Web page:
That's right, in November 1863 the anti-Lincoln Patriot & Union (as the newspaper was then known) wrote about those who had spoken five days before at the ceremony on Gettysburg's battlefield. Of Lincoln's speech it said:
"We pass over the silly remarks of the President. For the credit of the nation we are willing that the veil of oblivion shall be dropped over them and that they shall be no more repeated or thought of."
"I hope you are taking our 'retraction' in the spirit we intended, which was to have a little fun with a less-than-stellar chapter of our newspaper's history. ... Really, this isn't a question of journalism ethics, as would be the case with a serious retraction — it was more a way of using the 150th anniversary to say, with a wink, 'Gee, can you believe what rock heads ran this outfit 150 years ago?' "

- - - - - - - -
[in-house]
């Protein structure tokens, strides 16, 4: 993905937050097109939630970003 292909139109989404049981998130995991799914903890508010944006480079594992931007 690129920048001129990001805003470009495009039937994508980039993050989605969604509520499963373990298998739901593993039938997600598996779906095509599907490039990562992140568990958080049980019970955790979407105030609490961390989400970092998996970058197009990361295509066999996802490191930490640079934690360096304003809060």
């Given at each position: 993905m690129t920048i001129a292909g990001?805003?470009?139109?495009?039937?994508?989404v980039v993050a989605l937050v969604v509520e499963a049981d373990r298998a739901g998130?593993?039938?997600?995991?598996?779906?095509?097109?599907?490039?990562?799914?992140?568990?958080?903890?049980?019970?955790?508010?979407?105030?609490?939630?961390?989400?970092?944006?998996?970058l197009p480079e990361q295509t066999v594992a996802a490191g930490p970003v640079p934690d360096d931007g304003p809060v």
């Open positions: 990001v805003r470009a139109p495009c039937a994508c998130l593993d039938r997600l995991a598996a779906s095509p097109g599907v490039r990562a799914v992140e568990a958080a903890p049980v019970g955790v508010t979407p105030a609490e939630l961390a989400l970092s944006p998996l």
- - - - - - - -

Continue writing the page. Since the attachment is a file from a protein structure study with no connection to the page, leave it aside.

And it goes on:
If you haven't read Lincoln's Gettysburg Address in a while, here's a link.
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